In Ernest Hemmingway’s “Big Two-Hearted River”, Nick returns home after the war and visits a favorite fishing spot. Dual sides of Nick are shown as he ventures within nature and manifest in his consciousness and subconsciousness. While Nick’s conscious self wants to divert all attention from thoughts of the past, his subconscious thoughts occasionally slip through and reveal that he wishes to confront his past and move forward. Nick allows his consciousness to be submerged by the scenery, and in focusing on nature and the menial tasks at hand he is able to repress the memories and feelings that are associated with the war. Nick’s subconscious thoughts and worries are however reflected within nature to show that change brought on by war and found in nature can be unsettling. Though the story is told through the use of third person narration that allows the reader to view the surroundings from Nick’s perspective, Nick’s actual thoughts and feelings are never revealed to the reader. Because thoughts provide insight to a person’s feelings, motivation, and, character, by leaving out Nick’s thoughts, Hemmingway shows that Nick has lost all sense of self. As the story progresses, it becomes clear that besides returning to nature in order to experience a form of healing, Nick seeks to find his sense of self and belonging that had been lost during the war as well as comes to terms with his past. Through the use of sensory details and third person narration, Hemmingway shows that the thoughts and feelings of people are projected onto the landscape and that nature serves as a unifying force that collects and pieces together the fragmented pieces of a person’s identity as seen with Nick who comes to terms with his past and rediscovers his sen…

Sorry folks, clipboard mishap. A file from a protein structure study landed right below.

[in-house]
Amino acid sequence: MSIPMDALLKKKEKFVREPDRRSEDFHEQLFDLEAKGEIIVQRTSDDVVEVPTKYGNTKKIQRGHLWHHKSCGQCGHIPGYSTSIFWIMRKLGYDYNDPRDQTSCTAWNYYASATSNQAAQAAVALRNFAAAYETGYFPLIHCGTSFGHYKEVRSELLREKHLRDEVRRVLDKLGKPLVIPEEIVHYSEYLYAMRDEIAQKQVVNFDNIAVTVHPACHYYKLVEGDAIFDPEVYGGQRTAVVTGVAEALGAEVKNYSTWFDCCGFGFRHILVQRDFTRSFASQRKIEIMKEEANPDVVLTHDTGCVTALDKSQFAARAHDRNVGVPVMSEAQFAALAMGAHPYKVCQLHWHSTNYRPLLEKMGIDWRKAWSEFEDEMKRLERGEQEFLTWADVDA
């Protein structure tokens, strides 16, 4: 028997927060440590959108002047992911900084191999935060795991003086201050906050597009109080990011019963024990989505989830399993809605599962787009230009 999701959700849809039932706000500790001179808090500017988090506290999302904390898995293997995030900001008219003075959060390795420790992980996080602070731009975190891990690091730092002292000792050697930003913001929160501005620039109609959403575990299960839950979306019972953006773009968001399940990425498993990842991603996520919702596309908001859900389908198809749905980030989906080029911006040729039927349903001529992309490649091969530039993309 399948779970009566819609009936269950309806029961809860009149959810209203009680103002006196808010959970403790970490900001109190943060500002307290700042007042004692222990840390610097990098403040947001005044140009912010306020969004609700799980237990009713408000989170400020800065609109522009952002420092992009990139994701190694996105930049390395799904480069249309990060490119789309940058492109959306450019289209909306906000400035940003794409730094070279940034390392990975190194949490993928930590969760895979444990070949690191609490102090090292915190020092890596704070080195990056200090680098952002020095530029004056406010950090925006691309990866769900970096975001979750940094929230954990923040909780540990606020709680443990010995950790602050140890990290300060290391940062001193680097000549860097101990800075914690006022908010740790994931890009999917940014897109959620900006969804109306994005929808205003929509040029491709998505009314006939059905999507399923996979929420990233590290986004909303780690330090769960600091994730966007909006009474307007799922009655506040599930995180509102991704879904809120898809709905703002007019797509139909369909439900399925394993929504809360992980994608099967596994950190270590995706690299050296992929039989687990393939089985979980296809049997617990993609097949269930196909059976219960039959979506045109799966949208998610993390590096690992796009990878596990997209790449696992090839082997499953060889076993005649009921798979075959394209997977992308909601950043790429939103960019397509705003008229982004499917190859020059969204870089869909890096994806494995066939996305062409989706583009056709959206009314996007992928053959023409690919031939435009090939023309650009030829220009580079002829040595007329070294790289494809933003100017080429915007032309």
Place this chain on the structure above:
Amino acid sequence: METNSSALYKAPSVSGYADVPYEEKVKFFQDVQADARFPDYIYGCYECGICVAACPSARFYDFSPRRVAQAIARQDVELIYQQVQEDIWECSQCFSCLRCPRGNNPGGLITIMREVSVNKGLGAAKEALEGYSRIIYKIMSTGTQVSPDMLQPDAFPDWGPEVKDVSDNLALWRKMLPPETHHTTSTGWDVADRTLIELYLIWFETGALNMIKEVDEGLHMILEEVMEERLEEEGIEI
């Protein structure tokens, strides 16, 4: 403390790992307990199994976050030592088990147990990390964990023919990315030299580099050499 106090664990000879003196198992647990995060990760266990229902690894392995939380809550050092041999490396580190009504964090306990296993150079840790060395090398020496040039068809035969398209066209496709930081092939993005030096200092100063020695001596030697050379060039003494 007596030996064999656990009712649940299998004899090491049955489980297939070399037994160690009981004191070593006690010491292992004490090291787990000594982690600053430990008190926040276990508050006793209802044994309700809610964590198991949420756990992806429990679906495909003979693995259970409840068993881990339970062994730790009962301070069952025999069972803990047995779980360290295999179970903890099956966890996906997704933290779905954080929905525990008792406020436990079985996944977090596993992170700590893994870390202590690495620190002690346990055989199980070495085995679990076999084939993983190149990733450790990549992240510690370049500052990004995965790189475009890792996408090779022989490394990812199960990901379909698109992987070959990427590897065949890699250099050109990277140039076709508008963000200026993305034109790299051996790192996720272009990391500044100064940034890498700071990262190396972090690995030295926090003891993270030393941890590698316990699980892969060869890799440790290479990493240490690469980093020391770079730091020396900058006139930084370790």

…rejects a place among people and instead chooses a place within nature which becomes the place where he belongs. As Nick spend more time within nature, the part of him that had been consumed by the horrors of war emerges and he finds his sense of self. Aspects of Nick’s character such as his compassion and respect for nature that he had possessed before the war are brought back to Nick because nature slowly healed him as he spent more time there. At the end of the story when Nick thinks that “There [are] plenty of days coming when he could fish the swamp” (992) showing that though Nick will not face his past now, he will do so in the future. Hemingway
Hemingway, Ernest. “Big Two-Hearted River.” American Fiction Between The Wars. Ed. HaroldBloom. Philadelphia: Chelsea House Pub (L), 2005. 980-92. Clark I. Draney-AcademicSite. Web. 22 May 2014.